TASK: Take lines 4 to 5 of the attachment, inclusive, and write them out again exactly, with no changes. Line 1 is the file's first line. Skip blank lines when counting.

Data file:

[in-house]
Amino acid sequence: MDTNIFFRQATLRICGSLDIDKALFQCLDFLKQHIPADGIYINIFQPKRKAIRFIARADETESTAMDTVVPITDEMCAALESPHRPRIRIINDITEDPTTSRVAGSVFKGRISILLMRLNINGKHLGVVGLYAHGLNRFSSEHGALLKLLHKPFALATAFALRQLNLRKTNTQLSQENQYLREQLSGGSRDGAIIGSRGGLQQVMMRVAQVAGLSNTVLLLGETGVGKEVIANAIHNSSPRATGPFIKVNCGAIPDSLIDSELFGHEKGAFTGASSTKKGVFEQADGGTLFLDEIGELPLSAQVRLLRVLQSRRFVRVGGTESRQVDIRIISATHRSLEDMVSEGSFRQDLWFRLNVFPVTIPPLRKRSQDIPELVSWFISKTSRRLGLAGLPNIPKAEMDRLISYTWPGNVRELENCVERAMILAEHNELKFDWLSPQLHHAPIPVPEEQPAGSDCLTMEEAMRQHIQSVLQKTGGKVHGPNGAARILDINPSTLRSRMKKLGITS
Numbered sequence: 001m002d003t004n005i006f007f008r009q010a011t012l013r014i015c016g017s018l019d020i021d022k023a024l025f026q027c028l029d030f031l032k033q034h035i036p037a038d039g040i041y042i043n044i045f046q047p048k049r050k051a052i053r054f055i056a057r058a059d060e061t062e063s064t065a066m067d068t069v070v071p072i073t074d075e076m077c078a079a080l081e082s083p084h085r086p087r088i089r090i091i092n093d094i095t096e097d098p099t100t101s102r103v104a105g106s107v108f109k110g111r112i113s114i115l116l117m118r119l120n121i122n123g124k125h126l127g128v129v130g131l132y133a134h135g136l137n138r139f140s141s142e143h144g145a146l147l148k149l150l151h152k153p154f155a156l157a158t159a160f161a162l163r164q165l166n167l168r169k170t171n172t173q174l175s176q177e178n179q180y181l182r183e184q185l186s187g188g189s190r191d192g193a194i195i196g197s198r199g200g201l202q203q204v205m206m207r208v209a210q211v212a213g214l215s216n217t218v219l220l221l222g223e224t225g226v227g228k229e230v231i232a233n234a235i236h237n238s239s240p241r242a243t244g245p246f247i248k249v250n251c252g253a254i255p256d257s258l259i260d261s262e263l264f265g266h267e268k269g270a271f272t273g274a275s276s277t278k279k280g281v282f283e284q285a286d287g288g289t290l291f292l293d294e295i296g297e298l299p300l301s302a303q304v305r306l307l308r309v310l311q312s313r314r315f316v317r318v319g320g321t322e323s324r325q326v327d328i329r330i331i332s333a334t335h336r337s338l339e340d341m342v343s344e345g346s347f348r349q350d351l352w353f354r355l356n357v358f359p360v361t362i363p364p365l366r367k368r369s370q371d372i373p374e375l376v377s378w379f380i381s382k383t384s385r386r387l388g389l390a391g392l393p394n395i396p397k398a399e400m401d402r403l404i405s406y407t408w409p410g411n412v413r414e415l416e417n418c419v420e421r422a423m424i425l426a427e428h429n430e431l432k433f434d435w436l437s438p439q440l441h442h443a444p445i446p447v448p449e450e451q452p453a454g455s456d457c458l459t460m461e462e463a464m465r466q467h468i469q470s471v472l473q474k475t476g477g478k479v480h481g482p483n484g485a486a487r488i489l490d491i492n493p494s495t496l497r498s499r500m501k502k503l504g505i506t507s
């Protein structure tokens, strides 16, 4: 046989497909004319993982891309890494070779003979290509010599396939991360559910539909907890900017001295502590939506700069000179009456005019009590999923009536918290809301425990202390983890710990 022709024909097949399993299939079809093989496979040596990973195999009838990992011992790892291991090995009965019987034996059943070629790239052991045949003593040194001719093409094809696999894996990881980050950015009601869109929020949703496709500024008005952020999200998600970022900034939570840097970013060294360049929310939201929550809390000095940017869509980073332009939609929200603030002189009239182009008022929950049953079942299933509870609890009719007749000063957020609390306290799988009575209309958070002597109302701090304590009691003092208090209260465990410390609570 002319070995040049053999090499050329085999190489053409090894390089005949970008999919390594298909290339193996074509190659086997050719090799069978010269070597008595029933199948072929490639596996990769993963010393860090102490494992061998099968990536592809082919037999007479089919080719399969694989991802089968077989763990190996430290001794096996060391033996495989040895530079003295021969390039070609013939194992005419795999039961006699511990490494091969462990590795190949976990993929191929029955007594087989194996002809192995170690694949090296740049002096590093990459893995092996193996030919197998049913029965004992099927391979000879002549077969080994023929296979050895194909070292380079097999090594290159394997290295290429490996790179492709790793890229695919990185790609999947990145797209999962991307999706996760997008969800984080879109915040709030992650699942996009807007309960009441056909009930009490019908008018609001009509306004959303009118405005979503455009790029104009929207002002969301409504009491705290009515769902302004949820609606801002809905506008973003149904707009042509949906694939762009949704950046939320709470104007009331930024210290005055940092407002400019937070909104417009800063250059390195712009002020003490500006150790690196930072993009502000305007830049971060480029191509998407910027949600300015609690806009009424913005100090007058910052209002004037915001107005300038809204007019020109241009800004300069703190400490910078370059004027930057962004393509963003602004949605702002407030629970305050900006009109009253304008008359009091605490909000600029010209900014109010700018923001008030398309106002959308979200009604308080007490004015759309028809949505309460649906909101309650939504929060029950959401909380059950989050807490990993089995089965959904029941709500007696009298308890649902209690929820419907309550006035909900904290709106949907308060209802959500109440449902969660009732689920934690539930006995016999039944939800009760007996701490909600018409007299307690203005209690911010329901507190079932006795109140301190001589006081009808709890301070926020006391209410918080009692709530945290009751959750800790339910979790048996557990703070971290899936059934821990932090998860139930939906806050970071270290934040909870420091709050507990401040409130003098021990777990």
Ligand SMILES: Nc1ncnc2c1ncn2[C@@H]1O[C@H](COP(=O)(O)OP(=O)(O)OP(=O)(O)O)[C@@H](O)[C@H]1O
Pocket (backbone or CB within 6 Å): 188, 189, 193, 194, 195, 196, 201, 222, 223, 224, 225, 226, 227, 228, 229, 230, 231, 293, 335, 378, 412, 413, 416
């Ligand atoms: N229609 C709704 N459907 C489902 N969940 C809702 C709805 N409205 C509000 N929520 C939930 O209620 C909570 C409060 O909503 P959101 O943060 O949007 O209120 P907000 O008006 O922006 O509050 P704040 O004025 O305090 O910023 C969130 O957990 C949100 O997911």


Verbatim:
């Protein structure tokens, strides 16, 4: 046989497909004319993982891309890494070779003979290509010599396939991360559910539909907890900017001295502590939506700069000179009456005019009590999923009536918290809301425990202390983890710990 022709024909097949399993299939079809093989496979040596990973195999009838990992011992790892291991090995009965019987034996059943070629790239052991045949003593040194001719093409094809696999894996990881980050950015009601869109929020949703496709500024008005952020999200998600970022900034939570840097970013060294360049929310939201929550809390000095940017869509980073332009939609929200603030002189009239182009008022929950049953079942299933509870609890009719007749000063957020609390306290799988009575209309958070002597109302701090304590009691003092208090209260465990410390609570 002319070995040049053999090499050329085999190489053409090894390089005949970008999919390594298909290339193996074509190659086997050719090799069978010269070597008595029933199948072929490639596996990769993963010393860090102490494992061998099968990536592809082919037999007479089919080719399969694989991802089968077989763990190996430290001794096996060391033996495989040895530079003295021969390039070609013939194992005419795999039961006699511990490494091969462990590795190949976990993929191929029955007594087989194996002809192995170690694949090296740049002096590093990459893995092996193996030919197998049913029965004992099927391979000879002549077969080994023929296979050895194909070292380079097999090594290159394997290295290429490996790179492709790793890229695919990185790609999947990145797209999962991307999706996760997008969800984080879109915040709030992650699942996009807007309960009441056909009930009490019908008018609001009509306004959303009118405005979503455009790029104009929207002002969301409504009491705290009515769902302004949820609606801002809905506008973003149904707009042509949906694939762009949704950046939320709470104007009331930024210290005055940092407002400019937070909104417009800063250059390195712009002020003490500006150790690196930072993009502000305007830049971060480029191509998407910027949600300015609690806009009424913005100090007058910052209002004037915001107005300038809204007019020109241009800004300069703190400490910078370059004027930057962004393509963003602004949605702002407030629970305050900006009109009253304008008359009091605490909000600029010209900014109010700018923001008030398309106002959308979200009604308080007490004015759309028809949505309460649906909101309650939504929060029950959401909380059950989050807490990993089995089965959904029941709500007696009298308890649902209690929820419907309550006035909900904290709106949907308060209802959500109440449902969660009732689920934690539930006995016999039944939800009760007996701490909600018409007299307690203005209690911010329901507190079932006795109140301190001589006081009808709890301070926020006391209410918080009692709530945290009751959750800790339910979790048996557990703070971290899936059934821990932090998860139930939906806050970071270290934040909870420091709050507990401040409130003098021990777990």
Ligand SMILES: Nc1ncnc2c1ncn2[C@@H]1O[C@H](COP(=O)(O)OP(=O)(O)OP(=O)(O)O)[C@@H](O)[C@H]1O